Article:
That's the same amount of power that the previous Civic Si made. However, it's up by an increased 18 pound-feet of torque, to 192. That torque is also available from 2100 rpm to 5000 rpm.
Though the engine is on the weak side compared with other sport compacts, the Honda does provide some other enthusiast-friendly hardware. The Civic Si is only available with a 6-speed manual, and power goes through an honest-to-goodness mechanical limited-slip differential. No braking systems to simulate a limited slip, just the real deal. Naturally, the springs and anti-roll bars have been firmed up, and they're combined with adaptable shocks and front lower control arms from the Civic Type R. The front brake rotors have also been enlarged to 12.3 inches, and wider 235 mm tires have been fitted. The car now has a Sport button as well, which adjusts suspension, steering, and throttle calibrations to be sportier than normal.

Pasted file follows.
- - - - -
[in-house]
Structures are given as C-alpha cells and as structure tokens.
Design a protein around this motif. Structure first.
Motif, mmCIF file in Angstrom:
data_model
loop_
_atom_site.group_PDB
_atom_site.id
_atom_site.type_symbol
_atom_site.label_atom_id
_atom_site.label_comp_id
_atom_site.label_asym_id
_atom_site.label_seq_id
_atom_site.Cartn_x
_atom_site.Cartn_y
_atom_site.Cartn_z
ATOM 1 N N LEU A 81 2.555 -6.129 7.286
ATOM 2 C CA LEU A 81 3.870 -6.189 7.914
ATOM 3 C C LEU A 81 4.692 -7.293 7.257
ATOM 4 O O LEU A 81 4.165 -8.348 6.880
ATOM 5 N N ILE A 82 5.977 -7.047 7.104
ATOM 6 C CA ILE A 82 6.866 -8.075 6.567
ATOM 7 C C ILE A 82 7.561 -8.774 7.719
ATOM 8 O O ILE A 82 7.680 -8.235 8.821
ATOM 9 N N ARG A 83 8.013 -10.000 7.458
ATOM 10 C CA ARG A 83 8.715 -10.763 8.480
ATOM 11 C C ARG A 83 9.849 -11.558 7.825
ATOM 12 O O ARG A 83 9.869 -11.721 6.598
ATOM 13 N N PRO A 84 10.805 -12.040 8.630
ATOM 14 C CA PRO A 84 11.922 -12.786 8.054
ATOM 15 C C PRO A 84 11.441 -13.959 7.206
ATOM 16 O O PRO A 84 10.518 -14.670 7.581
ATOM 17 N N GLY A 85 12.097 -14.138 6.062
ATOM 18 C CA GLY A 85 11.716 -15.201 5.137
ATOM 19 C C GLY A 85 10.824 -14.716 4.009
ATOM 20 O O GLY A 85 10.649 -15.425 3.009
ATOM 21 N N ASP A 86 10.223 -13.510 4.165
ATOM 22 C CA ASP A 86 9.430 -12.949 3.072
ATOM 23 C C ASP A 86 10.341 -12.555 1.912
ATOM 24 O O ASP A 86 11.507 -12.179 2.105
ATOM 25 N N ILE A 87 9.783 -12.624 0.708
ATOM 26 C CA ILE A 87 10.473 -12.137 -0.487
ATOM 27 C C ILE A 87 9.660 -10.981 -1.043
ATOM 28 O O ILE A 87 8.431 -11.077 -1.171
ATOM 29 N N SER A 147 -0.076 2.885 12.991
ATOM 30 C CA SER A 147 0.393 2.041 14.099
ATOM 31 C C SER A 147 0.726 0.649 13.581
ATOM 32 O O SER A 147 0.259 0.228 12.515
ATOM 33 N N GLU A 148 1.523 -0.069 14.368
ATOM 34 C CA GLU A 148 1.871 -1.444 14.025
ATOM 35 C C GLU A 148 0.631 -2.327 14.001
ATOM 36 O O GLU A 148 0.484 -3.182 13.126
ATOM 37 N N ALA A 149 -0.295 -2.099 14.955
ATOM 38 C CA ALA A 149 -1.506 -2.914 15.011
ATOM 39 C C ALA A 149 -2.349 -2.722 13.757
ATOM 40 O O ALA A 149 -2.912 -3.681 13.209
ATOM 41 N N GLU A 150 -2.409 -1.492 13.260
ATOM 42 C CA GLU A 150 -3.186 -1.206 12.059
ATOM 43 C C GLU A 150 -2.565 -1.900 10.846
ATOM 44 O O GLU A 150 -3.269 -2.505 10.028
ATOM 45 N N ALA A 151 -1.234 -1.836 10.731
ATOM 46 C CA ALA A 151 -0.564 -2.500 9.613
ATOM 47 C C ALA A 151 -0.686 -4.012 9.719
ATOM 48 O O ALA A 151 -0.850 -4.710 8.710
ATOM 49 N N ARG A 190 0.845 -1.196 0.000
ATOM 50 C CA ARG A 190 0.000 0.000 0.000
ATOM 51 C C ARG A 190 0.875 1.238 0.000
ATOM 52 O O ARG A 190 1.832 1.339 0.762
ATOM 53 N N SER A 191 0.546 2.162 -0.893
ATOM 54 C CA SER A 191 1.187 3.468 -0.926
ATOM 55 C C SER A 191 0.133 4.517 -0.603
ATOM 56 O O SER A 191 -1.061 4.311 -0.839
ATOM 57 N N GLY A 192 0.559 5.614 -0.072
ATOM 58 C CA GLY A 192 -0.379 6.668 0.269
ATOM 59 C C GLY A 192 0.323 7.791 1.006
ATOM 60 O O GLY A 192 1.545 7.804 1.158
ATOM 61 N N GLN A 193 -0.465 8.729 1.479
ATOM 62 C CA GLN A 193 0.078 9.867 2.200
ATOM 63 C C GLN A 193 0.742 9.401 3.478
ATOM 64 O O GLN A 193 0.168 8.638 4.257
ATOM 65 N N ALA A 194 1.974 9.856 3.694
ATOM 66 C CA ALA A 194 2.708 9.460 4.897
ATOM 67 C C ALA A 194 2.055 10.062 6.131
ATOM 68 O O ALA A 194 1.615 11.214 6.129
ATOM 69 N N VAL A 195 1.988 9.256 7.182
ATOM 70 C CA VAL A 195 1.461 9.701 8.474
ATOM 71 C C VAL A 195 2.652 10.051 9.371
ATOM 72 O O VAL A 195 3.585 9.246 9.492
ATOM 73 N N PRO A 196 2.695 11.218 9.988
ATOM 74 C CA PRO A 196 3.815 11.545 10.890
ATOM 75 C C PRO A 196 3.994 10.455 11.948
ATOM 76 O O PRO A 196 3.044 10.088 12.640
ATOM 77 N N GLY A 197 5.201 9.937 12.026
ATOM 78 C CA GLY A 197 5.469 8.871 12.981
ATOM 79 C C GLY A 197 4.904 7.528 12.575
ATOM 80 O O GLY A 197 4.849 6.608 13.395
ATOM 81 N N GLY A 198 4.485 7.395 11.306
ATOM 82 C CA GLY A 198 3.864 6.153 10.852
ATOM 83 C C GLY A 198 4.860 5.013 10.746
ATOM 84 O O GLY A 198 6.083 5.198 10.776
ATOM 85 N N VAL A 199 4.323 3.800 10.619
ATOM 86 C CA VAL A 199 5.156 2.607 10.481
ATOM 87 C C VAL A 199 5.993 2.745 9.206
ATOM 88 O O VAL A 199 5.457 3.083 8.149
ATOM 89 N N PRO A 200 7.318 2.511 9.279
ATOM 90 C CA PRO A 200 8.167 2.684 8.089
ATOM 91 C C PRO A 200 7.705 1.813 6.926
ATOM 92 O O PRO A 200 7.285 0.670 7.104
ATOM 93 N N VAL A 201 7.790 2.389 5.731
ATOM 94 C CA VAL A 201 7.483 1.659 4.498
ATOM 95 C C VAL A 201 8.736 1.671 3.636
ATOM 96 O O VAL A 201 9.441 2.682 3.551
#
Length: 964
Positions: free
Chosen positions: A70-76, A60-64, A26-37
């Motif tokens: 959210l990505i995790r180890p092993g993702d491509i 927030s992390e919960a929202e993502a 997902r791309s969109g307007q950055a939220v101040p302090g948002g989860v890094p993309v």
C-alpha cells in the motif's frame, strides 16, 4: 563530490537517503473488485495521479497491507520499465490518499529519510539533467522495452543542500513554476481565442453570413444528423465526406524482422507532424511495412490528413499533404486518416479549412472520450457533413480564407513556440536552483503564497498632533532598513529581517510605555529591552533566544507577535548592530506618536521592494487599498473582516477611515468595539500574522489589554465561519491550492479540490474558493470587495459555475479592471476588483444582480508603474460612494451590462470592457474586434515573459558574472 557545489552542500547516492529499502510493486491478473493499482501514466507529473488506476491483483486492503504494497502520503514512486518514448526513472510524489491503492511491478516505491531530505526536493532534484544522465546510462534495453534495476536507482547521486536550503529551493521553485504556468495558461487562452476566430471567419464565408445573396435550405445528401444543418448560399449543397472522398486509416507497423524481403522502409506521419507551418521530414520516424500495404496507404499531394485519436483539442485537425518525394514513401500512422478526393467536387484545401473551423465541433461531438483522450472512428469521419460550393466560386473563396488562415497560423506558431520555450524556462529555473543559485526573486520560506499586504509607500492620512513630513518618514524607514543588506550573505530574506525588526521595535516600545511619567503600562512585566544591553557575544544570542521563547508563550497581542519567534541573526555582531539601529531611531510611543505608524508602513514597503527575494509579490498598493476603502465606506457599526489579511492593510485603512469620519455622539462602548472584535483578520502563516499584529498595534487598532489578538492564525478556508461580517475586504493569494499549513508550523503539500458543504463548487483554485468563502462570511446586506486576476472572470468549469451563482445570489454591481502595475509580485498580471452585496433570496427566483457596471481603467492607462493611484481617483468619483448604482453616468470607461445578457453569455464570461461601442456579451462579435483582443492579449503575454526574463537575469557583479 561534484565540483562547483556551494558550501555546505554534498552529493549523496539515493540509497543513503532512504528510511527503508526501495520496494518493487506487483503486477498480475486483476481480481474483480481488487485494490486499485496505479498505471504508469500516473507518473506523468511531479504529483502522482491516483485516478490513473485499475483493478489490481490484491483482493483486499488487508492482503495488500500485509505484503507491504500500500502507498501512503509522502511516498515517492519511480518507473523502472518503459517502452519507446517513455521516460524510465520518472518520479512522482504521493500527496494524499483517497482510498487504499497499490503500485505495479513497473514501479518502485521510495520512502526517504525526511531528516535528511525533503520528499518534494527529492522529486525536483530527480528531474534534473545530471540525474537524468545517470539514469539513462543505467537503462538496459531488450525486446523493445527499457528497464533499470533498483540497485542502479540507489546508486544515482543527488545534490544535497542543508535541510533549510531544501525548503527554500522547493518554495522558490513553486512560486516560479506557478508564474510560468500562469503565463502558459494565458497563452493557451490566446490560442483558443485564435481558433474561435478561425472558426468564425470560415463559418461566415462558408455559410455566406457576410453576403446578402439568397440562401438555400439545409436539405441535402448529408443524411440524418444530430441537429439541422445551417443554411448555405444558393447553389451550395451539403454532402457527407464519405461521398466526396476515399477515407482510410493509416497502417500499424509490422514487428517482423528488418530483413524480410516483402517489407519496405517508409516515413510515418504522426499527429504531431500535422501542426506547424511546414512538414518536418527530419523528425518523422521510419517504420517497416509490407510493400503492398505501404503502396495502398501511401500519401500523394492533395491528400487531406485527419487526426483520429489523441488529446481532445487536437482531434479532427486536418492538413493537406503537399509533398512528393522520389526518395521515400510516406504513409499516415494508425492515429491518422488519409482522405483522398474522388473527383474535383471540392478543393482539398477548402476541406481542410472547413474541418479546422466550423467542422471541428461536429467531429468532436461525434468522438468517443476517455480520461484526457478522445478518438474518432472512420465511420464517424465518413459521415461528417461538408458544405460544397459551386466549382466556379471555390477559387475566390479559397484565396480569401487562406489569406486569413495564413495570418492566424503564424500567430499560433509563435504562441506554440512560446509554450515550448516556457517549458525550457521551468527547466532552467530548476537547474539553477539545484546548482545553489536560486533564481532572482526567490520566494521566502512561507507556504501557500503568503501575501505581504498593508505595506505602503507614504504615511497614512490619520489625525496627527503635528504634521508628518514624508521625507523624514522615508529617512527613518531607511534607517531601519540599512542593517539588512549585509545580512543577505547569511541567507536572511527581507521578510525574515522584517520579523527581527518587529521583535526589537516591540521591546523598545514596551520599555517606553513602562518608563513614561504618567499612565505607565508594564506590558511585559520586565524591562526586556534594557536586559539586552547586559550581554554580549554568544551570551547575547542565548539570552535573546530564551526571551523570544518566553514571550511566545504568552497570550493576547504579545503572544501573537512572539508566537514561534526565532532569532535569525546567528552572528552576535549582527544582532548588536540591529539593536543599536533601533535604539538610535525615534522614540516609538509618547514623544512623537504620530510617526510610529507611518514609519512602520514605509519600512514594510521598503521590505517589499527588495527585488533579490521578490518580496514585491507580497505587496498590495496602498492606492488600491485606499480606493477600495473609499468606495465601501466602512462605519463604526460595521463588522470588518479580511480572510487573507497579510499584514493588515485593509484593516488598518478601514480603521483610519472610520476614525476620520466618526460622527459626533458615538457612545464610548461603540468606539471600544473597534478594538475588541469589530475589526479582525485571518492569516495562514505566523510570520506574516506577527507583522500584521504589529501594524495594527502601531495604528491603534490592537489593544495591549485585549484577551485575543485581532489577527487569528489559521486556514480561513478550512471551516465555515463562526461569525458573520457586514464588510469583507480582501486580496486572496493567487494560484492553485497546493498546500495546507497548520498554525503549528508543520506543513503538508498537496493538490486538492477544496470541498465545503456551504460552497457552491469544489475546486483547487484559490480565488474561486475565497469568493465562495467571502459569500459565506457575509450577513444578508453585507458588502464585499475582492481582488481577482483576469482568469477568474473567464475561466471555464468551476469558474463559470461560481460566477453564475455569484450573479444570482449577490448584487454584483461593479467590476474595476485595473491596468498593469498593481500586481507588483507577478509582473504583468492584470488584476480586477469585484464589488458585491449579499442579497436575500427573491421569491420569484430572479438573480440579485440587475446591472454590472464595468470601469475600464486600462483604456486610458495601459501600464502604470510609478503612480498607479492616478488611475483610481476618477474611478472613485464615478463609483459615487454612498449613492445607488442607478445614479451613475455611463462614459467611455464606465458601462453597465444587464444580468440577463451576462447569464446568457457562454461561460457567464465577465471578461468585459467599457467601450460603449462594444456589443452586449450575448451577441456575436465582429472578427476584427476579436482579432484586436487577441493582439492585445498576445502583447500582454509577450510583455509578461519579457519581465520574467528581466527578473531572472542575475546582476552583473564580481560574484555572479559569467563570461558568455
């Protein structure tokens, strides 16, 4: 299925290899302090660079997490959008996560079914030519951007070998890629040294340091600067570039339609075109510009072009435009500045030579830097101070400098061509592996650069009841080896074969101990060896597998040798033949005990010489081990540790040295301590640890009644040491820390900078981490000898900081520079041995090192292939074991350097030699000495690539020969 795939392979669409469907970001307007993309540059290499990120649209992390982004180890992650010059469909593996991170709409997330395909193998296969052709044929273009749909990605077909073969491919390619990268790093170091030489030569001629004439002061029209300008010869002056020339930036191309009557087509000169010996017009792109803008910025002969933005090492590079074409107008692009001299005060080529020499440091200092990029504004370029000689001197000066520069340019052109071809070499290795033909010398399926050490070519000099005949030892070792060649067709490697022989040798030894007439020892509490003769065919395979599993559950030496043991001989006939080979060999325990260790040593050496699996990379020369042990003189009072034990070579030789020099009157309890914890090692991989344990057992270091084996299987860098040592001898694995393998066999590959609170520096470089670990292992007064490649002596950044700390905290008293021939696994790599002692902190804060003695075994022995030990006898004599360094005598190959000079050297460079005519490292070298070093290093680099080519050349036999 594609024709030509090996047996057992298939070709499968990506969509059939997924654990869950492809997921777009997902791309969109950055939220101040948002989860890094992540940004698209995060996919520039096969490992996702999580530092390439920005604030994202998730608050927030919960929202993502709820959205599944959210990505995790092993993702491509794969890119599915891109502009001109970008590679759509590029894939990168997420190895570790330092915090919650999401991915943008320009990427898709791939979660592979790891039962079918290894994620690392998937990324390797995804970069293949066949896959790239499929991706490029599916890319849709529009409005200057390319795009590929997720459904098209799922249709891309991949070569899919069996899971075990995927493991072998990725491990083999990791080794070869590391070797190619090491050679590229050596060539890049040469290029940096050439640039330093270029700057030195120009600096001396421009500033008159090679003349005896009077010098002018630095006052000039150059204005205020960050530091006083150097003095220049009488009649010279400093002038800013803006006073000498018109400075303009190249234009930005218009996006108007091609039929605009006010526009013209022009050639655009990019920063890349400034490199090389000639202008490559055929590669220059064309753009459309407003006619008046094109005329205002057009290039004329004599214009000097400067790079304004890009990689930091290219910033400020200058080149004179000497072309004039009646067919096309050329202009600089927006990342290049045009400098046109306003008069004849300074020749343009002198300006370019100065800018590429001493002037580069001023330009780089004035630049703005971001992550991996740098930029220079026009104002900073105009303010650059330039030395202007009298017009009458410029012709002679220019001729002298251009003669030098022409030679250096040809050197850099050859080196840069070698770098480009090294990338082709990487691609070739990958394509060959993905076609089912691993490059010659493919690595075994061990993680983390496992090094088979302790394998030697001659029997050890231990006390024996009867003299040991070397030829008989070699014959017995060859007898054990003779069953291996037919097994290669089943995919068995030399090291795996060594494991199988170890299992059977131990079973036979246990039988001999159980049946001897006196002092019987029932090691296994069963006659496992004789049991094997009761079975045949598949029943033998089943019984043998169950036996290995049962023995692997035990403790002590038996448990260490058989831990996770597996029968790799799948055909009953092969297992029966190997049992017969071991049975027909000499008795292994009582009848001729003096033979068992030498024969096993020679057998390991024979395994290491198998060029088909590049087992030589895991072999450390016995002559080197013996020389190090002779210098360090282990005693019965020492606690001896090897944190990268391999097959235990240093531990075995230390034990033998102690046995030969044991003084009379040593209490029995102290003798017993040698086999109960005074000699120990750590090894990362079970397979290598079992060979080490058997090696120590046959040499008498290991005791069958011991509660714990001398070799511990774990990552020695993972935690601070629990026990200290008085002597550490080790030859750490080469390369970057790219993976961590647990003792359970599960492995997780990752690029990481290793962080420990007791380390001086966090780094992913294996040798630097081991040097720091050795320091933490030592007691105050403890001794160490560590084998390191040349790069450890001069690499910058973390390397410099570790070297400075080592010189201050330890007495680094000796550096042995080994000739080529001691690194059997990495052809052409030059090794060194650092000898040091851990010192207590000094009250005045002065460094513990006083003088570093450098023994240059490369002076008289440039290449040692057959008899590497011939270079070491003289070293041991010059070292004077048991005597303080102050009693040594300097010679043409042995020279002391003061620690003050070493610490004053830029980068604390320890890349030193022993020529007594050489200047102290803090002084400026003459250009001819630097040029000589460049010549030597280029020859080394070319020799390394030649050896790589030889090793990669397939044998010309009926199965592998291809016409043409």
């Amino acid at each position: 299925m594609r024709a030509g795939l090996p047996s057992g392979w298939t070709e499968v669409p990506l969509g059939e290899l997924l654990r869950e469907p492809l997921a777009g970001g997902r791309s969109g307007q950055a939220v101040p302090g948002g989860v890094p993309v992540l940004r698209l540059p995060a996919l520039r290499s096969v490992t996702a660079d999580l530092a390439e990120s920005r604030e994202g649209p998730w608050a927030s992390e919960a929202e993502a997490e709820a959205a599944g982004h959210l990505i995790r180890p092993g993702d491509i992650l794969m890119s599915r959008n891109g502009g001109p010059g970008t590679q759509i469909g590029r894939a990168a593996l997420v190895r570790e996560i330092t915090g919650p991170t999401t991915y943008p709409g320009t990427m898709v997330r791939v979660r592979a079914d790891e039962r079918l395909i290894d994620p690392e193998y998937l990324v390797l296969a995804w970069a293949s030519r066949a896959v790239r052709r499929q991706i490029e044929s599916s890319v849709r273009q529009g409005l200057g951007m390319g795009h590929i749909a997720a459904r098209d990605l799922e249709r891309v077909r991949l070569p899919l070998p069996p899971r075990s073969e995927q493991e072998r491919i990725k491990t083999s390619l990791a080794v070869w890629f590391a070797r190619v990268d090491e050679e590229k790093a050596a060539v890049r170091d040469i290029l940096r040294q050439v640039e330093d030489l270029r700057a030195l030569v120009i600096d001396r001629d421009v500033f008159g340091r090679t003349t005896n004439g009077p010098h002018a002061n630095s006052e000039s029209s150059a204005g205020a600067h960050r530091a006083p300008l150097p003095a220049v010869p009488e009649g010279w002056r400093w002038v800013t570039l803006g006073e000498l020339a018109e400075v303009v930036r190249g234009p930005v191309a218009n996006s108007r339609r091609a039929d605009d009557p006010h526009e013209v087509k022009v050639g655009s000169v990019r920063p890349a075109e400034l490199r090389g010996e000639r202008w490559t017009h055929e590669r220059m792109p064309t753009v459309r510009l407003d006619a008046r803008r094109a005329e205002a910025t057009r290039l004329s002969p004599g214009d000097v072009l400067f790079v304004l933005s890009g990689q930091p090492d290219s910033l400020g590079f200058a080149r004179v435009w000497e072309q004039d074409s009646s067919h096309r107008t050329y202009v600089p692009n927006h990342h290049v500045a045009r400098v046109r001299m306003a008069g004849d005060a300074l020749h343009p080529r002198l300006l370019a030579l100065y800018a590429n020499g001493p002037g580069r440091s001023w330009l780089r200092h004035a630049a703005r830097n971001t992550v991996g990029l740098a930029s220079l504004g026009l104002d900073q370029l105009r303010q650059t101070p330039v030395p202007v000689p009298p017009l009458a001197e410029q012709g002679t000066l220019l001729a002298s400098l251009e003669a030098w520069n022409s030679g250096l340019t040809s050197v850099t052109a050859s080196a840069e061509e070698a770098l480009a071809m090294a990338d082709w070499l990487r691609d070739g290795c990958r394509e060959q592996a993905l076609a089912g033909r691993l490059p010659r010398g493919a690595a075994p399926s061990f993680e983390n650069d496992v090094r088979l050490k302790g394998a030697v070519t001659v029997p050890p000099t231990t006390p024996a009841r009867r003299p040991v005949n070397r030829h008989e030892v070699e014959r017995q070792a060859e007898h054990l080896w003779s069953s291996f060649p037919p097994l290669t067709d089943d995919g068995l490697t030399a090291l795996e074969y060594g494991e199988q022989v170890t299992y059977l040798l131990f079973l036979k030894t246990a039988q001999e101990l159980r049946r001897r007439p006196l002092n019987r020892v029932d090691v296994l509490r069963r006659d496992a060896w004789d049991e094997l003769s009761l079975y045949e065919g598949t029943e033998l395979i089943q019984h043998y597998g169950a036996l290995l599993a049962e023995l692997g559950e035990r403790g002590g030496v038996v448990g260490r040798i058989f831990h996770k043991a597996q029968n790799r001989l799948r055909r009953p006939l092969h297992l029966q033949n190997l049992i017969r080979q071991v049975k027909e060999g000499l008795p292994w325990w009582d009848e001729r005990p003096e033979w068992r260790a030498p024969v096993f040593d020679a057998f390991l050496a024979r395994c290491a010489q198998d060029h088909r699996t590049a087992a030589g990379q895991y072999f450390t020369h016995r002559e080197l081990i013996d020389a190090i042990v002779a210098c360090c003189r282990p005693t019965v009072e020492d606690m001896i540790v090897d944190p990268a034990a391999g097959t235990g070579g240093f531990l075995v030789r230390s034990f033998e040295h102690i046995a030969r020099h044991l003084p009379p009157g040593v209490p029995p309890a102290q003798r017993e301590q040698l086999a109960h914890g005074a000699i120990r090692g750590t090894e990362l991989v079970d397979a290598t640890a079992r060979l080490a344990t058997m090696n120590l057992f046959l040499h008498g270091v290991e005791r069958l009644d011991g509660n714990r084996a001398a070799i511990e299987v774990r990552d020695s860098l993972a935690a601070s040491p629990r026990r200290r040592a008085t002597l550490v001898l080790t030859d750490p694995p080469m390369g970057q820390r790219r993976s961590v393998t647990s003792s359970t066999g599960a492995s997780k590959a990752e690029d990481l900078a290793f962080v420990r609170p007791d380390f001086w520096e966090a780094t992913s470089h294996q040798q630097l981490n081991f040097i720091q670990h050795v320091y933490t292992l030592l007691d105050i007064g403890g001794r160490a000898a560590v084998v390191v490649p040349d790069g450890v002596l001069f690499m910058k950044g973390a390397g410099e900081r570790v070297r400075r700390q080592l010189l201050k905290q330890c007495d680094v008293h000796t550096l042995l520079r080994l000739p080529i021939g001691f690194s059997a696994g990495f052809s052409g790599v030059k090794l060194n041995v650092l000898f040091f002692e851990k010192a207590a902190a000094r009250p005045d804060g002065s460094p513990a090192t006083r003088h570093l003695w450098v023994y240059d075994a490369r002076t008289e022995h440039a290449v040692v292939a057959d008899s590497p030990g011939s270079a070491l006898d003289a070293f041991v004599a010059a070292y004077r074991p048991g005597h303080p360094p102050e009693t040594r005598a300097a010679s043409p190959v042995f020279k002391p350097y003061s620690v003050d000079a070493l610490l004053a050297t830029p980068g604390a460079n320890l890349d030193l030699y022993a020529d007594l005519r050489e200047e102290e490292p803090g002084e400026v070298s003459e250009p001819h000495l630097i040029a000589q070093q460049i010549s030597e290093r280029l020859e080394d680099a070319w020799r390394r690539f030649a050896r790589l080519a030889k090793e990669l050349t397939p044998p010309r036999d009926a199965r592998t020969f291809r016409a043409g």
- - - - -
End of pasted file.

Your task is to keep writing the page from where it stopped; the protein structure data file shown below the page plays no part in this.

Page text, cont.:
Visually, the Si sedan and coupe have the more aggressive front bumper and black grille seen on the Civic hatchback. At the back, each version gets a unique rear bumper with large faux vents and geometric center exhaust outlets. The wings differ as well. The coupe has a pedestal-mounted wing, while the sedan has a more restrained spoiler mounted directly to the deck lid. Inside, the cars receive heavily-bolstered sport seats with embroidered Si logos and varied upholstery. The pedals get aluminum covers, and the gauges, infotainment, and buttons are illuminated in a racy red.
The Civic Si will also come well-equipped with comfort and entertainment features. Among them are seat heaters, dual-zone automatic climate control, rain-sensing wipers. It also has a 7-inch touchscreen for infotainment, and it's connected to a 450-watt, 10-speaker sound system.
As for how much this will all cost you, Honda has only said the Si will be priced in the mid-$20,000 range. Cars will also be on sale next month.